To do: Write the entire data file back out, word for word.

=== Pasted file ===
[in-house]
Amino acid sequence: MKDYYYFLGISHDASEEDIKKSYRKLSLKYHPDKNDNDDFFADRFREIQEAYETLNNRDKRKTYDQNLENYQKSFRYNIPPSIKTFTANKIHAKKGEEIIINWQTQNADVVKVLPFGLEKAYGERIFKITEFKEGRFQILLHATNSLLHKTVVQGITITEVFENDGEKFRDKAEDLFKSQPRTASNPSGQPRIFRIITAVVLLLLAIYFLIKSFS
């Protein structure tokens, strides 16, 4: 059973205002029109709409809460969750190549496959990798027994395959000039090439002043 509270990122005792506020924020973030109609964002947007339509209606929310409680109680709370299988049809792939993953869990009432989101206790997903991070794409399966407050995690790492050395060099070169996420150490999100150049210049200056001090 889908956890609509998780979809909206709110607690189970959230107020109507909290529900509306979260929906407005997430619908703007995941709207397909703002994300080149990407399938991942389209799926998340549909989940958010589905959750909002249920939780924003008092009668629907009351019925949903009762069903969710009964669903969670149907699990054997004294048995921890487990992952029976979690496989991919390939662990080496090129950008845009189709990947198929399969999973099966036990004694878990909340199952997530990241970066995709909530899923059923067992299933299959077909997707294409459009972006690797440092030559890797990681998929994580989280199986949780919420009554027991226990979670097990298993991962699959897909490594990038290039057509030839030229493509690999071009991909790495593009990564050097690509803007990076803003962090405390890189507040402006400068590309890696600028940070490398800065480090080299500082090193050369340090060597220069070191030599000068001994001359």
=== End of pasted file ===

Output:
[in-house]
Amino acid sequence: MKDYYYFLGISHDASEEDIKKSYRKLSLKYHPDKNDNDDFFADRFREIQEAYETLNNRDKRKTYDQNLENYQKSFRYNIPPSIKTFTANKIHAKKGEEIIINWQTQNADVVKVLPFGLEKAYGERIFKITEFKEGRFQILLHATNSLLHKTVVQGITITEVFENDGEKFRDKAEDLFKSQPRTASNPSGQPRIFRIITAVVLLLLAIYFLIKSFS
């Protein structure tokens, strides 16, 4: 059973205002029109709409809460969750190549496959990798027994395959000039090439002043 509270990122005792506020924020973030109609964002947007339509209606929310409680109680709370299988049809792939993953869990009432989101206790997903991070794409399966407050995690790492050395060099070169996420150490999100150049210049200056001090 889908956890609509998780979809909206709110607690189970959230107020109507909290529900509306979260929906407005997430619908703007995941709207397909703002994300080149990407399938991942389209799926998340549909989940958010589905959750909002249920939780924003008092009668629907009351019925949903009762069903969710009964669903969670149907699990054997004294048995921890487990992952029976979690496989991919390939662990080496090129950008845009189709990947198929399969999973099966036990004694878990909340199952997530990241970066995709909530899923059923067992299933299959077909997707294409459009972006690797440092030559890797990681998929994580989280199986949780919420009554027991226990979670097990298993991962699959897909490594990038290039057509030839030229493509690999071009991909790495593009990564050097690509803007990076803003962090405390890189507040402006400068590309890696600028940070490398800065480090080299500082090193050369340090060597220069070191030599000068001994001359």